What’s The Buzz?

Did you know the Coastal Discovery Museum created one of the first Insect Houses of its kind here in the Lowcountry?

Created in 2016, this unique structure made of tightly packed, dried bamboo shoots (or “pipes"), provides habitats for a wide variety of regional insects like wasps, ants, bees, and spiders. The initiative behind it was to foster the breeding and lifecycle of species that play an important role in the health of our local ecology. While common across Europe, the idea of keeping insect houses is still an obscure one in the US, but so beneficial to both the insect world, and to us for how they impact the environment at large. Perhaps in years to come insect houses will grow to be as commonplace in the countryside, backyards, and farms as bee colonies have become in recent decades.

On the museum’s home campus of Honey Horn, Museum Natural History Curator and Manager Carlos Chacon covers the basic nature of Lowcountry insect houses in a variety of talks, workshops, and streaming online resources. Starting with what kind of insects are likely to use the structure and Chacon shows the different behaviors of different inhabitants like what they eat, how they breed, their habitation cycle, and other unique behaviors like the Mason wasp which gets its name from sealing their “pipe” at the end with mortar-like mud. Then take what you learned and put it into practice in your area of influence as Chacon walks you through benefit of adding one to your home and area gardens and what you’ll need to build one.

Inspect the Insects
Check out the INSECT HOUSE located behind the Discovery House on the museum’s Honey Horn campus or browse Costal Discovery’s Online Natural History Resources.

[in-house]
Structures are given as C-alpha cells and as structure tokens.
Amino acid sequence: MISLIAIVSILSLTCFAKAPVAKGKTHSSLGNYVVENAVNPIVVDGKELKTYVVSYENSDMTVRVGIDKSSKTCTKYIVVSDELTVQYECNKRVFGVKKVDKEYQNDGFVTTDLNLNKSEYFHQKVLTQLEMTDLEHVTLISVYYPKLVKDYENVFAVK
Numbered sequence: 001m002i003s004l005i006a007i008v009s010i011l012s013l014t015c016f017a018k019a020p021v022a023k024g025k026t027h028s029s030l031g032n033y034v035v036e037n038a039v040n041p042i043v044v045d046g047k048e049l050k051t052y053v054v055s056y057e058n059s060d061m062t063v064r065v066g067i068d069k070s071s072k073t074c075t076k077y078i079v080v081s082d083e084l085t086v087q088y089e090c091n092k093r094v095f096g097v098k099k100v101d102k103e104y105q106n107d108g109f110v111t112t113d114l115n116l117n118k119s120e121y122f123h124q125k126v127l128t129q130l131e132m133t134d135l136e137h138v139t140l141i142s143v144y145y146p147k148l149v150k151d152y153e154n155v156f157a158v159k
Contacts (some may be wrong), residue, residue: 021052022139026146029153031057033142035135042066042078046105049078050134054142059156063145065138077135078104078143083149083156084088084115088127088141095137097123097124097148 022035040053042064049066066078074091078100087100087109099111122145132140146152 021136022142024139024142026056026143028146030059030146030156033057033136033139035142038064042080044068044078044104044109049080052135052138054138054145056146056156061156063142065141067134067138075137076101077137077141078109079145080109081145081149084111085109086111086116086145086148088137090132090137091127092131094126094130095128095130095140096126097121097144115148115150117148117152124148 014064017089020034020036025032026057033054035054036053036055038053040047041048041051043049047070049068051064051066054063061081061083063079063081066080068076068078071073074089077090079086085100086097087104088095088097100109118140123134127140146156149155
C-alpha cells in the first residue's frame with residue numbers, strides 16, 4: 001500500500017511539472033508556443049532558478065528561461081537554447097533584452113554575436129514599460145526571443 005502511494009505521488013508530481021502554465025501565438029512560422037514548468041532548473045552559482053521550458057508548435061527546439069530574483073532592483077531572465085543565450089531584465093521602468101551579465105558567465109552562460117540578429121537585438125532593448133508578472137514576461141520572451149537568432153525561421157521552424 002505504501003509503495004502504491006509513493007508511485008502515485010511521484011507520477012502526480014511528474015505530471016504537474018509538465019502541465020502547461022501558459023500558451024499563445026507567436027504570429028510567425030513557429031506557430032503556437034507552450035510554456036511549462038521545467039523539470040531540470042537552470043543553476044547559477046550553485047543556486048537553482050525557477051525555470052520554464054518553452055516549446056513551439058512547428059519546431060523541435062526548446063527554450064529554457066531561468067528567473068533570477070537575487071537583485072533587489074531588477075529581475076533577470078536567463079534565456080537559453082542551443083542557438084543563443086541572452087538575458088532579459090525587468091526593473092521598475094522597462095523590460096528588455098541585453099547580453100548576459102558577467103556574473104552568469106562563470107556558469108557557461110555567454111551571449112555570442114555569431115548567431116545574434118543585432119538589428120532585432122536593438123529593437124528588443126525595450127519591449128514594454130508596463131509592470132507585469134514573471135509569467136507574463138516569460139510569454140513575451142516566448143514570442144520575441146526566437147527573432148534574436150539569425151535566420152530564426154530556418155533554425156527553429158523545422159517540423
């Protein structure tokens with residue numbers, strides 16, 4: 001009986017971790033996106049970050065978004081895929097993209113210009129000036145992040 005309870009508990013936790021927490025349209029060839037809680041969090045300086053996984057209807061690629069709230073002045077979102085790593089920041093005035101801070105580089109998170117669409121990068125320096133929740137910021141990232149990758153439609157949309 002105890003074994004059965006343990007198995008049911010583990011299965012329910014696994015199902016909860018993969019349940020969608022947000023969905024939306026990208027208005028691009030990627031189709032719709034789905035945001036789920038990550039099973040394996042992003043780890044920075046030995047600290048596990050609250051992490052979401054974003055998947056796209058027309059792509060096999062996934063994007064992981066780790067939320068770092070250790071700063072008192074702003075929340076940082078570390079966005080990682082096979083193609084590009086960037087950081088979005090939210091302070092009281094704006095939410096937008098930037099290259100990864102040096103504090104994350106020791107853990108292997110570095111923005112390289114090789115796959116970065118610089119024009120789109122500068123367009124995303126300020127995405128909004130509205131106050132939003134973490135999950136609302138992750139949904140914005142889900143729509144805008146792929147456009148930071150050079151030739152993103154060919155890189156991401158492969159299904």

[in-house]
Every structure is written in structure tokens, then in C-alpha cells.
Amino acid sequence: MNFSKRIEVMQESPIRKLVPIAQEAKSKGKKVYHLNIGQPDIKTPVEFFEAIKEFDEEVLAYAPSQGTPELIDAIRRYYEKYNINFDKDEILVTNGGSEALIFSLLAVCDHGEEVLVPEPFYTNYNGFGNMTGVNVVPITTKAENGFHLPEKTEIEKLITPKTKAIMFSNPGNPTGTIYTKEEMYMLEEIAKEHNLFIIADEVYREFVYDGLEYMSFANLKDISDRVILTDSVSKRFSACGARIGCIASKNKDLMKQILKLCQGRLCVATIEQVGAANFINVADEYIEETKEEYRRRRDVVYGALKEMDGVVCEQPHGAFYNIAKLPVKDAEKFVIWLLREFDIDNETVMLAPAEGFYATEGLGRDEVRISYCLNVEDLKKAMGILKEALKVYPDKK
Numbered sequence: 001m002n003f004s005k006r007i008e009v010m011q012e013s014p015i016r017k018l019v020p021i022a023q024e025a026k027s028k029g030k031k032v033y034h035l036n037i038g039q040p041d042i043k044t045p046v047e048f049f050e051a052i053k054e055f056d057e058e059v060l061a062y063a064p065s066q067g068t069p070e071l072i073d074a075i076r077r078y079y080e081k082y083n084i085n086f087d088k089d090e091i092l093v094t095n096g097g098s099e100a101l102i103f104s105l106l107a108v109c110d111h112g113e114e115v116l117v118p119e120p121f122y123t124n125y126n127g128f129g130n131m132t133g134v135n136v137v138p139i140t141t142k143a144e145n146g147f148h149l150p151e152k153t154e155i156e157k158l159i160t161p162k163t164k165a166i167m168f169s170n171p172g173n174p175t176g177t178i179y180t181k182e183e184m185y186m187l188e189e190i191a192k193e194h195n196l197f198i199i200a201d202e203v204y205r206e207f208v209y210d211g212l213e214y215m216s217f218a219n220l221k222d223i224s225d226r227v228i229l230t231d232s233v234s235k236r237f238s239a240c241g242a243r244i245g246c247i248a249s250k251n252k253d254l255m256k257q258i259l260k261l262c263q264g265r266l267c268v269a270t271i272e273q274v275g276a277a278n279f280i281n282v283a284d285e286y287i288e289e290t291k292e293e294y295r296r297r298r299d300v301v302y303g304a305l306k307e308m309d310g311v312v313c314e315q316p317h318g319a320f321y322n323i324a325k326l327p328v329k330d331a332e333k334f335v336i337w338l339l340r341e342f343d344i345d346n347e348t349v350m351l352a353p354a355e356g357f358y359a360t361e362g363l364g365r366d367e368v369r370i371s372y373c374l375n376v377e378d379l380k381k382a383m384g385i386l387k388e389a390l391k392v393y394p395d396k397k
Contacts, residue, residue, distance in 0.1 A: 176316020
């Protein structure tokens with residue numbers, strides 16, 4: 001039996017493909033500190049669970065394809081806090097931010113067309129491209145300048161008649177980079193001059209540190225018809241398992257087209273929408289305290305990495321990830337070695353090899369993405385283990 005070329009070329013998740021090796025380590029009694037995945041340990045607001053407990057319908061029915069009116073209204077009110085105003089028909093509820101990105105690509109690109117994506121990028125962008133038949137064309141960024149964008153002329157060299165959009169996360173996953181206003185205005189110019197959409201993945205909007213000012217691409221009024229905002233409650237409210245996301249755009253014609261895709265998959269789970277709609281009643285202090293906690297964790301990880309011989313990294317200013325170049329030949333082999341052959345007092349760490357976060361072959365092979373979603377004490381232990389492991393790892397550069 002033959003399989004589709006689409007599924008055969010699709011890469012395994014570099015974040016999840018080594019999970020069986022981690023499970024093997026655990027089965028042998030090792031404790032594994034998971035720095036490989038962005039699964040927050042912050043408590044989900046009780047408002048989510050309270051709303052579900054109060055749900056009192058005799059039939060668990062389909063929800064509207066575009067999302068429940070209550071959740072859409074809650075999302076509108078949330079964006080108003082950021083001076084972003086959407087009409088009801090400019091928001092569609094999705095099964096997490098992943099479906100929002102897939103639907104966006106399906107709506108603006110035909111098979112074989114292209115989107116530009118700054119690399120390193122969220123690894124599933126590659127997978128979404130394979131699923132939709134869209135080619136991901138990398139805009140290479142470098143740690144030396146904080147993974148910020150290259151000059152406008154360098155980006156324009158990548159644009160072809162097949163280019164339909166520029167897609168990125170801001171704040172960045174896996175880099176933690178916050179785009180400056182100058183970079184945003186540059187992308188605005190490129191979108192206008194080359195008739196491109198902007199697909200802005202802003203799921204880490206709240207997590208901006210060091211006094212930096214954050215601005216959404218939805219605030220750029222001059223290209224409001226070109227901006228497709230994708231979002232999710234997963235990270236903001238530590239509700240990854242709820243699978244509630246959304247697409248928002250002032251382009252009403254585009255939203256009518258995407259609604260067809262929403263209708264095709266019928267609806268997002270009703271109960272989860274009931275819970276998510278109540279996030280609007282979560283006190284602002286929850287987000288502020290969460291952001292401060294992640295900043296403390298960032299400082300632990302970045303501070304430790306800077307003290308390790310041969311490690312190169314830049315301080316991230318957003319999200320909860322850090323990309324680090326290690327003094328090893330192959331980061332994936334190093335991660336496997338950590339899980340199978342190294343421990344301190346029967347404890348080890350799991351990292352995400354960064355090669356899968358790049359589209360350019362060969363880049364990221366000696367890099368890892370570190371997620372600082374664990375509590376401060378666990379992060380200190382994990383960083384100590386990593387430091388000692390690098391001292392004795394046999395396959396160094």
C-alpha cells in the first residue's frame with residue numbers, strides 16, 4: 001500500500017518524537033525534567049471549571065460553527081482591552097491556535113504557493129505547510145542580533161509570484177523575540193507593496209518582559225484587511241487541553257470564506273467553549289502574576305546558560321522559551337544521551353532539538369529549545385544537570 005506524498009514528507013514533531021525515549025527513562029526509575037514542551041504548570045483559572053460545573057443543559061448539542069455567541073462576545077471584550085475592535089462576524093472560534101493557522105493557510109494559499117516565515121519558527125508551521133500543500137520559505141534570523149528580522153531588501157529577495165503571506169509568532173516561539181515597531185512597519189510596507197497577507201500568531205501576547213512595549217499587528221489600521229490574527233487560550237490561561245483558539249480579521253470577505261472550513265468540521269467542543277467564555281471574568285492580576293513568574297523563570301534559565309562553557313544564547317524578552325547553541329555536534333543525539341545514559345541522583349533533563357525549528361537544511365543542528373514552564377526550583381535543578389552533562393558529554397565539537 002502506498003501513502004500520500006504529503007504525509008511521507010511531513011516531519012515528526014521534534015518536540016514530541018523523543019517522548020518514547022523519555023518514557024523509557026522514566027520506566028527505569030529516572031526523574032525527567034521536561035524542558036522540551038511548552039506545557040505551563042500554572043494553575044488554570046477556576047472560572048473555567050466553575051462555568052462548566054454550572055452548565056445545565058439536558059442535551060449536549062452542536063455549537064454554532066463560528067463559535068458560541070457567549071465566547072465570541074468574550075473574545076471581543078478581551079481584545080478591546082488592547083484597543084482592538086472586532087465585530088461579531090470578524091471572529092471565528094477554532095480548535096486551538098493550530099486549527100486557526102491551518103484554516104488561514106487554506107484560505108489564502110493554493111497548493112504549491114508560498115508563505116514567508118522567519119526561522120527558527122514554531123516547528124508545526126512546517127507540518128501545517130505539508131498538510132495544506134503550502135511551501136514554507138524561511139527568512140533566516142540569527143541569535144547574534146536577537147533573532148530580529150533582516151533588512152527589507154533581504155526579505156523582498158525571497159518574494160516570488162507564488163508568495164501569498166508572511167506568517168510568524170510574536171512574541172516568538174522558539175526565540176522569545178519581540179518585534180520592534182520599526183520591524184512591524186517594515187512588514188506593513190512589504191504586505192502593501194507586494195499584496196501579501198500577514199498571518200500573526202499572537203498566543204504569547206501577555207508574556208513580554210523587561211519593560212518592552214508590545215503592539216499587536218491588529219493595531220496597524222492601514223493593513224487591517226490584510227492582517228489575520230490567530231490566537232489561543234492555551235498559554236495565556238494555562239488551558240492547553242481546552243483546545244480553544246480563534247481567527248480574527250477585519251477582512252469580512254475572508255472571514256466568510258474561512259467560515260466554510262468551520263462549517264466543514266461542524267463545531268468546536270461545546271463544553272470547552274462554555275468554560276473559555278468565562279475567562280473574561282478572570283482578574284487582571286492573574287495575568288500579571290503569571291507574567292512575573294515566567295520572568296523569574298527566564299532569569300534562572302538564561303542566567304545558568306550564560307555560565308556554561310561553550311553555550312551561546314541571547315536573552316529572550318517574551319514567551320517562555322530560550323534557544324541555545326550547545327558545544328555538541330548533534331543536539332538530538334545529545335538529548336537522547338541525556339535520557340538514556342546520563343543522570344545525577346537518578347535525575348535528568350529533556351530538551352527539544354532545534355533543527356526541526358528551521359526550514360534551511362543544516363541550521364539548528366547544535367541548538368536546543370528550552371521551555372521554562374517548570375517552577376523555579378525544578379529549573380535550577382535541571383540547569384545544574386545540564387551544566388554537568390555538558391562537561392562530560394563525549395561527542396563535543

What’s The Buzz?

Did you know the Coastal Discovery Museum created one of the first Insect Houses of its kind here in the Lowcountry?

Created in 2016, this unique structure made of tightly packed, dried bamboo shoots (or “pipes"), provides habitats for a wide variety of regional insects like wasps, ants, bees, and spiders. The initiative behind it was to foster the breeding and lifecycle of species that play an important role in the health of our local ecology. While common across Europe, the idea of keeping insect houses is still an obscure one in the US, but so beneficial to both the insect world, and to us for how they impact the environment at large. Perhaps in years to come insect houses will grow to be as commonplace in the countryside, backyards, and farms as bee colonies have become in recent decades.

On the museum’s home campus of Honey Horn, Museum Natural History Curator and Manager Carlos Chacon covers the basic nature of Lowcountry insect houses in a variety of talks, workshops, and streaming online resources. Starting with what kind of insects are likely to use the structure and Chacon shows the different behaviors of different inhabitants like what they eat, how they breed, their habitation cycle, and other unique behaviors like the Mason wasp which gets its name from sealing their “pipe” at the end with mortar-like mud. Then take what you learned and put it into practice in your area of influence as Chacon walks you through benefit of adding one to your home and area gardens and what you’ll need to build one.

Inspect the Insects
Check out the INSECT HOUSE located behind the Discovery House on the museum’s Honey Horn campus or browse Costal Discovery’s Online Natural History Resources.

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SHARE YOUR EXPERIENCES
ON SOCIAL MEDIA

Use #coastaldiscoverymuseum and
your content could be featured here!